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How Racism Was First Officially Codified in 15th-Century Spain

In 1449, a Toledo edict made racial discrimination legal.

A detail from El Greco's <em>A View of Toledo</em>, late 16th century.
A detail from El Greco’s A View of Toledo, late 16th century. Public Domain

In 1449 rebels in Toledo, Spain, published an edict you’ve probably never heard of, but whose effects still resonate today. It was the first set of discriminatory laws based on race.  

You probably know about the widespread mistreatment of Jews in Spain, even if your first thought when someone says “Spanish Inquisition” is a Monty Python sketch. But Spanish and Portuguese antisemitism isn’t just a historical artifact. According to historians like David Brion Davis, the Spanish categorization and treatment of Jews “provided the final seedbed for Christian Negrophobic racism,” and “gave rise to a more general concern over ‘purity of blood’—limpieza de sangre in Spanish—and thus to an early conception of biological race.”

The discrimination against Spanish Jews peaked decades earlier, in 1391, when a fanatical priest incited anti-Jewish mobs with the slogan “convert or die.” A third to a half of the Spanish Jews—the largest community in Europe at the time—were converted to Christianity, the greatest mass conversion in modern Jewish history.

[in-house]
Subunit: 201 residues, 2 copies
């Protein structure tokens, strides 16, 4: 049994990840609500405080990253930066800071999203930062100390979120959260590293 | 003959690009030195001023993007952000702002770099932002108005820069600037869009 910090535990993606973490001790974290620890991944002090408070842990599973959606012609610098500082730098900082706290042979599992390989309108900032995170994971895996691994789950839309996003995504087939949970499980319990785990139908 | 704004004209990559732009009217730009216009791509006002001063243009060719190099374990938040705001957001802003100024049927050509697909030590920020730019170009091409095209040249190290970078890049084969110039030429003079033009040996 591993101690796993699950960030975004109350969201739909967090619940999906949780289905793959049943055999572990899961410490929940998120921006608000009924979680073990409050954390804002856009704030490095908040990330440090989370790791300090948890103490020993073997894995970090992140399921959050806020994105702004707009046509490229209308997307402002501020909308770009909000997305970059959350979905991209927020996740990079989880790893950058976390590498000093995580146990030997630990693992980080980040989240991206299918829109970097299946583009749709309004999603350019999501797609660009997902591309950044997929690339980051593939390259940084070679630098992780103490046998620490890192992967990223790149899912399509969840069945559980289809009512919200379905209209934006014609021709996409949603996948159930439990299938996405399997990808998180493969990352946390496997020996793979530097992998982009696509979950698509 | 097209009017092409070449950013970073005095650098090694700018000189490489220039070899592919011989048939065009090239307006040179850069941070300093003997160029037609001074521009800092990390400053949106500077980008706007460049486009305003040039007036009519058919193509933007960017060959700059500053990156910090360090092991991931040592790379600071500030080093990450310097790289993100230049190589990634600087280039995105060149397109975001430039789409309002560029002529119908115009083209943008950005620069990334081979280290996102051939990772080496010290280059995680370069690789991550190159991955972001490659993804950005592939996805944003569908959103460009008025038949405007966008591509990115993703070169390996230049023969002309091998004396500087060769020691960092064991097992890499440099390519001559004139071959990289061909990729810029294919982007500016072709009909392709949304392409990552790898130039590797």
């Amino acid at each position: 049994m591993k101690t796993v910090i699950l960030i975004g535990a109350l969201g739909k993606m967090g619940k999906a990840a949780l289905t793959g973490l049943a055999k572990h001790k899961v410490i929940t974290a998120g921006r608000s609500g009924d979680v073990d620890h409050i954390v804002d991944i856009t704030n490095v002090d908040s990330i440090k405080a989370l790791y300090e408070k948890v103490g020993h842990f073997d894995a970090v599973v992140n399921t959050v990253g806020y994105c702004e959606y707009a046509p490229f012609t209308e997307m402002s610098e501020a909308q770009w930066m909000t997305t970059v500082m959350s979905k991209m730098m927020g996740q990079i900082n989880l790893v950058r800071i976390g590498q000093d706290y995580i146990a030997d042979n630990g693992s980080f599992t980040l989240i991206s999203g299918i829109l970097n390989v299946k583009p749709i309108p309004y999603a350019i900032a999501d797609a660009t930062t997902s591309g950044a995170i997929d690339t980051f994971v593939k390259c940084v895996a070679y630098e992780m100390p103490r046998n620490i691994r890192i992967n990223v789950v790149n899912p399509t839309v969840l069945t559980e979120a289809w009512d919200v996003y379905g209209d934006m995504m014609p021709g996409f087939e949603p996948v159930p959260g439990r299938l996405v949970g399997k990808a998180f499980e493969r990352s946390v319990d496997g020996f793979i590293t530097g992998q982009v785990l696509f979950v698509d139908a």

Francisco de Goya's <em>The Inquisition Tribunal</em>, produced between 1812 and 1819.
Francisco de Goya’s The Inquisition Tribunal, produced between 1812 and 1819. Public Domain

Some “conversos” became enormously successful, a success that fostered widespread resentment against these “New Christians”. During a period of political instability in 15th century Castile, conversos, as supporters of the kings, became scapegoats for weak rulers.  In some cities physical battles broke out between “Old Christians” and “New Christians” (converted Jews).

The most important of these conflicts took place in Toledo, and began as a tax revolt. On January 25, 1449, Alvaro de Luna, a favorite of King Juan II, demanded from Toledo a loan of one million maravedis. The townspeople actively resisted payment, and a mob quickly obtained control of the city gates.  

A local official, Pero Sarmiento, joined the rebellion. On taking control of the city, he announced he was compelled to act by “the need to remove Alvaro de Luna from the Court.”

Alvaro de Luna, c. 1430.
Alvaro de Luna, c. 1430. Public Domain

Their relative wealth made conversos a tempting target. Sarmiento and his followers used the revolt as a pretext to confiscate their targets’ belongings. Sarmiento ordered converso leaders arrested and tortured until they admitted to conspiring with de Luna against the city government.